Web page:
A rare shot of an Edinburgh 'Pointsman' aboard newly electrified No 154 (a former cable tram) - photo taken in 1922.
A blow-up of the Port Seton photograph above (taken in 1923) showing the two senior staff; the man behind is possibly a regulator, whilst the man in the foreground may be an inspector. Both men appear to be wearing piped kepi-style caps virtually identical to those worn by senior staff working for the E&DTCo, though clearly bearing the new corporation cap badge. The jackets may reflect a difference in the grades, though this is merely speculation.
Two senior staff, in all probability inspectors, aboard Tramcar No 209 as it ascends the Mound on what would appear to be a trial run, dating the photograph to June 1924. Both men are wearing kepi-style caps with pom poms on top, along with the standard 'Tramways' cap badge. The greatcoat collars are edged in material of a contrasting colour to the main garment, and these also bear lettering of some description, most probably the grade, i.e. 'Inspector'. The man seated in the interior is the General Manager, R Stuart Pilcher.
The individual in the middle is probably an inspector - photo undated, but probably taken in the 1950s. Unlike regulators, inspectors appear to have had no badge marking them as such, merely wearing the standard municipal cap badge.
Edinburgh Corporation Tramways regulator, book in hand, stands next to Tramcar No 362 at Haymarket with a service bound for Ardmillan Terrace. Photo by Richard Wiseman.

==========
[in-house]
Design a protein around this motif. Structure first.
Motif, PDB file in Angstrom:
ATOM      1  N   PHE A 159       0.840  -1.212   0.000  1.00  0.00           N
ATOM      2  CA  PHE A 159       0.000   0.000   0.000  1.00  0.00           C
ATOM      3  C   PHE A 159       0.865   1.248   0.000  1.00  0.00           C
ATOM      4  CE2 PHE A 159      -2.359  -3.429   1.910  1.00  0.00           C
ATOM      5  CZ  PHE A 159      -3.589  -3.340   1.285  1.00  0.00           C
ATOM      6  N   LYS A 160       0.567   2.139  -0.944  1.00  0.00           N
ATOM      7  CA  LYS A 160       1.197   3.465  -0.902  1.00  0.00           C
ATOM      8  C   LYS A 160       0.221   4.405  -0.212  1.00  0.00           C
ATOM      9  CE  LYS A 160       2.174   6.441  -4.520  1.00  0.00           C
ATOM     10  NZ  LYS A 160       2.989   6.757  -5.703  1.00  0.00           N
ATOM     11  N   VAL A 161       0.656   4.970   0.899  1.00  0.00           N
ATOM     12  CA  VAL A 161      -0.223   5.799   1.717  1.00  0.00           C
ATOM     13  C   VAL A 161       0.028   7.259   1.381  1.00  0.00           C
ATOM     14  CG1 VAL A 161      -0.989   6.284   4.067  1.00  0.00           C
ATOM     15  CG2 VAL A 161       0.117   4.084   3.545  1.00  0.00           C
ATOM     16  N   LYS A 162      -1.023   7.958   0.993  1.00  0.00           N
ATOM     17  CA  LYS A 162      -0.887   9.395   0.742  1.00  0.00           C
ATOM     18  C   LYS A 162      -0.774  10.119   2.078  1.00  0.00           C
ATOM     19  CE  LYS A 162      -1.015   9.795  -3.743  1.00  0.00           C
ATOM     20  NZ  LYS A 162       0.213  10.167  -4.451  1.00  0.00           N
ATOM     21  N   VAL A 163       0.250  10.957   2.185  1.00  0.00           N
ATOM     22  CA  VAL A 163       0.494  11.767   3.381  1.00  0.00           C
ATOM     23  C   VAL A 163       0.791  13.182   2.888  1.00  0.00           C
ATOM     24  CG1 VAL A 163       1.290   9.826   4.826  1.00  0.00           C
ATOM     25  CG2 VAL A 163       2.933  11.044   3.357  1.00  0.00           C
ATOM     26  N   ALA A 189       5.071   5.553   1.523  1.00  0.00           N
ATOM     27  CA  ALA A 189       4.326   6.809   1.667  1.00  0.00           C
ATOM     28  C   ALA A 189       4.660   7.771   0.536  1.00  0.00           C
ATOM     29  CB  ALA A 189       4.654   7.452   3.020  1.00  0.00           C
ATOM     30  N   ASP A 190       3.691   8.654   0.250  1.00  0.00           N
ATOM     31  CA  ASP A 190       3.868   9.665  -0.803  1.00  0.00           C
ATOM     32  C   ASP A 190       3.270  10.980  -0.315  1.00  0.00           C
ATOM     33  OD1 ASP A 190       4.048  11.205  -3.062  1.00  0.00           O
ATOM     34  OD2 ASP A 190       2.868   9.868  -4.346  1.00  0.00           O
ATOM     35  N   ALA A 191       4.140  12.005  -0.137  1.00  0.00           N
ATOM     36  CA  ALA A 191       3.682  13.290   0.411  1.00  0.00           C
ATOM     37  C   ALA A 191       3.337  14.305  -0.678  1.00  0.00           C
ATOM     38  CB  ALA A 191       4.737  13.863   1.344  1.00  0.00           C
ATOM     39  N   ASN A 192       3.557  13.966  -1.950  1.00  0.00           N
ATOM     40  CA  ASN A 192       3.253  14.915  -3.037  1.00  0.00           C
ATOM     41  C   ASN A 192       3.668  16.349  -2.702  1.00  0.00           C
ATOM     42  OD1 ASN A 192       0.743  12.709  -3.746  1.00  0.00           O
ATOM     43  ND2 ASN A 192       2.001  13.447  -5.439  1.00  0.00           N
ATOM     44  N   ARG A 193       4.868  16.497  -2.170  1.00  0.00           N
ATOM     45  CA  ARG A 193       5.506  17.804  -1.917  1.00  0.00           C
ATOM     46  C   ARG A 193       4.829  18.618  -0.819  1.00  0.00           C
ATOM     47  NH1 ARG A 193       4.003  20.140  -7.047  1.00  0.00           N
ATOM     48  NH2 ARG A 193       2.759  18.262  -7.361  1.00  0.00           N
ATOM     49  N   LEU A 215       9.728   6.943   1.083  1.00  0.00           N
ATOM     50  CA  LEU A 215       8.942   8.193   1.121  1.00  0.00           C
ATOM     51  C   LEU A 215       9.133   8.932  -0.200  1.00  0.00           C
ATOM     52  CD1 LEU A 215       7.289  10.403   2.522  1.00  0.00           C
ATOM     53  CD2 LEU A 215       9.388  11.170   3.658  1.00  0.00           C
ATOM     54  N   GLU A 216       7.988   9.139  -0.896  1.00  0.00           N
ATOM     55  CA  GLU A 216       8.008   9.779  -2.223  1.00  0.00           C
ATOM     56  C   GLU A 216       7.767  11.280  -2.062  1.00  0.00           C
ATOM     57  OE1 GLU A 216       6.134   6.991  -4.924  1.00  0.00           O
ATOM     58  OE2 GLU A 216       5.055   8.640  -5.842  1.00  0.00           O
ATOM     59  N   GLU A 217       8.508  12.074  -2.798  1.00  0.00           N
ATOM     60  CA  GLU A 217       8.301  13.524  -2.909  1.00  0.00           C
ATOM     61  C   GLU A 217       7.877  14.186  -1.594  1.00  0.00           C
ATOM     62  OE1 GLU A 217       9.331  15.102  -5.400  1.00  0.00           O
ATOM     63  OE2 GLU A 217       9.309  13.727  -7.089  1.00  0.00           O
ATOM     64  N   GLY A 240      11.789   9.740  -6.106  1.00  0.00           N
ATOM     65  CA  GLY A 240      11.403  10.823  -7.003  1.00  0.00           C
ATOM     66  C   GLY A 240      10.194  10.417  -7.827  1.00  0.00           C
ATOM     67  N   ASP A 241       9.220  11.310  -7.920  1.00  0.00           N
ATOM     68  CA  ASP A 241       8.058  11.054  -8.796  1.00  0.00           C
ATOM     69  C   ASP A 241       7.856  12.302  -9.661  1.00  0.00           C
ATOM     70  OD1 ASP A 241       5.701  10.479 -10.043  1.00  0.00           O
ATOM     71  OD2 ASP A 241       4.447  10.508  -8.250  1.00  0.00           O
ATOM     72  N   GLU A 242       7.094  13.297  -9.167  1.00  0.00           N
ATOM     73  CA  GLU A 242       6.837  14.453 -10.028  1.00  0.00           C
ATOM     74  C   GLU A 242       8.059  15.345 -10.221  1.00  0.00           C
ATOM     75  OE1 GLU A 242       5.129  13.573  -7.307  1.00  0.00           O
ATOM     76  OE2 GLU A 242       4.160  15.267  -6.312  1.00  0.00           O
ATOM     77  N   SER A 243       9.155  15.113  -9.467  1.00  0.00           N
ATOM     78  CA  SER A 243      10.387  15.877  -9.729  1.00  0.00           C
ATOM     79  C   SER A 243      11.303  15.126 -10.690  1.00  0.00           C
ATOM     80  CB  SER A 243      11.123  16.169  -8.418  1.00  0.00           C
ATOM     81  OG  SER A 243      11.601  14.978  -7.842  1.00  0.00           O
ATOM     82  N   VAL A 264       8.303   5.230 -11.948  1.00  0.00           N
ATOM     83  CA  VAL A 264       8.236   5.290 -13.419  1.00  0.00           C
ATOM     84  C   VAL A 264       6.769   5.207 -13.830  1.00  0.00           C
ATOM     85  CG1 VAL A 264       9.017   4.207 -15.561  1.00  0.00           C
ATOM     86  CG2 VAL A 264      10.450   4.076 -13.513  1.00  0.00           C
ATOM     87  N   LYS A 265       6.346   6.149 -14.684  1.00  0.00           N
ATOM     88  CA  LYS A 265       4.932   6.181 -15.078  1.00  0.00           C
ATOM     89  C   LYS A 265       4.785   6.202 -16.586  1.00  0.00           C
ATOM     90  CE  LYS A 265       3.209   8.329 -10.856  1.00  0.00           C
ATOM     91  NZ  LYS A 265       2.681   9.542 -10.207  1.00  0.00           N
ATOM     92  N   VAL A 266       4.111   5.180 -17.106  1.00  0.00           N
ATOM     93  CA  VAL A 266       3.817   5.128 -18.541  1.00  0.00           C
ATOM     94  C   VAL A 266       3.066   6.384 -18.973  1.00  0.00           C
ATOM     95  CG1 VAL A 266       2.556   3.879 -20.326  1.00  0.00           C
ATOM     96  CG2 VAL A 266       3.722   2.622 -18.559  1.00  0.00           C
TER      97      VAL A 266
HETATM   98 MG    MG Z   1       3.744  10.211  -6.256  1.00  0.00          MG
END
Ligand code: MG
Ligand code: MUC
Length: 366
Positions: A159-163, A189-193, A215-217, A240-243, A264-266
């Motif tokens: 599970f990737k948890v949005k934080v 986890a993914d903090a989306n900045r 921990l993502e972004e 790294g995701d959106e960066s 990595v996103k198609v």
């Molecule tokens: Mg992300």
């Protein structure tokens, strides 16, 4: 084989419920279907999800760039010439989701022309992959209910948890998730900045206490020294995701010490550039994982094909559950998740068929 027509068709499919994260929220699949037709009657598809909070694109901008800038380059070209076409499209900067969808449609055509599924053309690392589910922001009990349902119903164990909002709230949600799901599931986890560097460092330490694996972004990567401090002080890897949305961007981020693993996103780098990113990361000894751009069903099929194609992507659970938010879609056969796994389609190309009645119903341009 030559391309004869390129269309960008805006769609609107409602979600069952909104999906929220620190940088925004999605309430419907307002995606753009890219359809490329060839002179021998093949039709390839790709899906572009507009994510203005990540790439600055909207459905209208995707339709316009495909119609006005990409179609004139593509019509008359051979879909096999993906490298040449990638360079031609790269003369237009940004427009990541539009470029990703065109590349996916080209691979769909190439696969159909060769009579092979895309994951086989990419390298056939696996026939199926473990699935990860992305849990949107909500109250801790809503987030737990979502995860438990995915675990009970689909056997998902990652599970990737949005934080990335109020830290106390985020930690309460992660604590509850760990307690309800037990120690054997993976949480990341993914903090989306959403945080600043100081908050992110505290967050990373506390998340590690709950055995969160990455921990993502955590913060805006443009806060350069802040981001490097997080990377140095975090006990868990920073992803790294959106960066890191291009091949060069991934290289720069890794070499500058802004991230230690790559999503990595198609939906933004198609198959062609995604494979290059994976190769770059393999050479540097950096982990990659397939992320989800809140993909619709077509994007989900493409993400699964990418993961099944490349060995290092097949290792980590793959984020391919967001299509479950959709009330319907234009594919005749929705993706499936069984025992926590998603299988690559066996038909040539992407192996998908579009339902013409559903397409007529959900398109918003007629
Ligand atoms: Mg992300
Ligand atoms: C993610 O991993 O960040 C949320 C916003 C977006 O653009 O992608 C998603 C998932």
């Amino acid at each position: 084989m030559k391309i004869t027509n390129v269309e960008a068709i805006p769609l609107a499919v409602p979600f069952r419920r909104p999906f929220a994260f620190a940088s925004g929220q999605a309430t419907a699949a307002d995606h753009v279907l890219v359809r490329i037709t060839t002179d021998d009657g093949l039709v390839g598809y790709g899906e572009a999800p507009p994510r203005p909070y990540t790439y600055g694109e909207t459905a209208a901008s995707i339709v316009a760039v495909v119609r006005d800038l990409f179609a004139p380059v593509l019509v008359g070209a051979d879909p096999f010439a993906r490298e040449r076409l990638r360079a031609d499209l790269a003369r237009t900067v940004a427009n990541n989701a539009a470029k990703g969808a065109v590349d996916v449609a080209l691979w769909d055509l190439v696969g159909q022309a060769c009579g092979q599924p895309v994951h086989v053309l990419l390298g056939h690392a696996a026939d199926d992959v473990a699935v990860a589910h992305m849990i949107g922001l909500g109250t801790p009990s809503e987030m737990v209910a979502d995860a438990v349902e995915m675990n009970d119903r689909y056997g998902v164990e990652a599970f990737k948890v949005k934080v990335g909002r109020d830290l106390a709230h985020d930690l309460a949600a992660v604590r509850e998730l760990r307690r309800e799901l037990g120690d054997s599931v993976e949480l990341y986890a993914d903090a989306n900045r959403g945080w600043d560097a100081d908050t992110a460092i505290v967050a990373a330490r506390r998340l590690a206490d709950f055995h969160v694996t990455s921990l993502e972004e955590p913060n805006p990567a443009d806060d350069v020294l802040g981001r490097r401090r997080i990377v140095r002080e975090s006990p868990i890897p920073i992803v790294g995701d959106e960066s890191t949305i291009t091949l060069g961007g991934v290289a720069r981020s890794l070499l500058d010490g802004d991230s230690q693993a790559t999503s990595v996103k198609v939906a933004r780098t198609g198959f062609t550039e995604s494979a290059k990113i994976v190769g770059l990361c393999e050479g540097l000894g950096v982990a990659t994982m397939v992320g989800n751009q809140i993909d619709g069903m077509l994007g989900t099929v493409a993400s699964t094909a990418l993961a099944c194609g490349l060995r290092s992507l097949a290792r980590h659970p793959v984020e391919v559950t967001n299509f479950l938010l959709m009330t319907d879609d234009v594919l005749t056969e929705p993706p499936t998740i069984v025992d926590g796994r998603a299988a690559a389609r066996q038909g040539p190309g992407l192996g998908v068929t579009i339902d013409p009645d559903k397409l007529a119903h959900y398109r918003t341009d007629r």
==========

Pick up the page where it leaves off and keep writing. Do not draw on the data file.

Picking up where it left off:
A more senior grade - regulator (?) - points iron in hand, supervising Tramcar No 231 (out of shot) at Liberton terminus - photo undated, but probably taken in the 1950s.
A regulator with Tramcar No 218 at Granton Rd Station - photo undated, but probably taken in the 1950s.
A couple of senior staff assist passengers boarding Tramcar No 148 at the top of Leith Street - photo undated, but probably taken in the 1950s.
Blow-up of the photograph of Cable Tram No 205 above showing the conductress. Edinburgh Corporation apparently dispensed with their services relatively quickly after their take-over of the E&DTCo, so it would seem that they simply continued to wear their ex-company uniforms, including the prominent cap badges (see link).
The only shot that has so far come to my attention of a post-Great War Edinburgh Corporation Tramways conductress, turning the trolley of Car No 148 at Liberton terminus - photo undated, but definitely taken between 1952 and 1956. Not much to go on I'm afraid!
Four ECT conductresses (from a larger photograph of 12 individuals) outside Central Garage in Annandale Street - photo undated, though this is very likely a shot taken to mark the first intake of 12 ladies in May 1941. Those depicted are probably bus conductresses, though in all likelihood tram conductresses wore identical uniforms.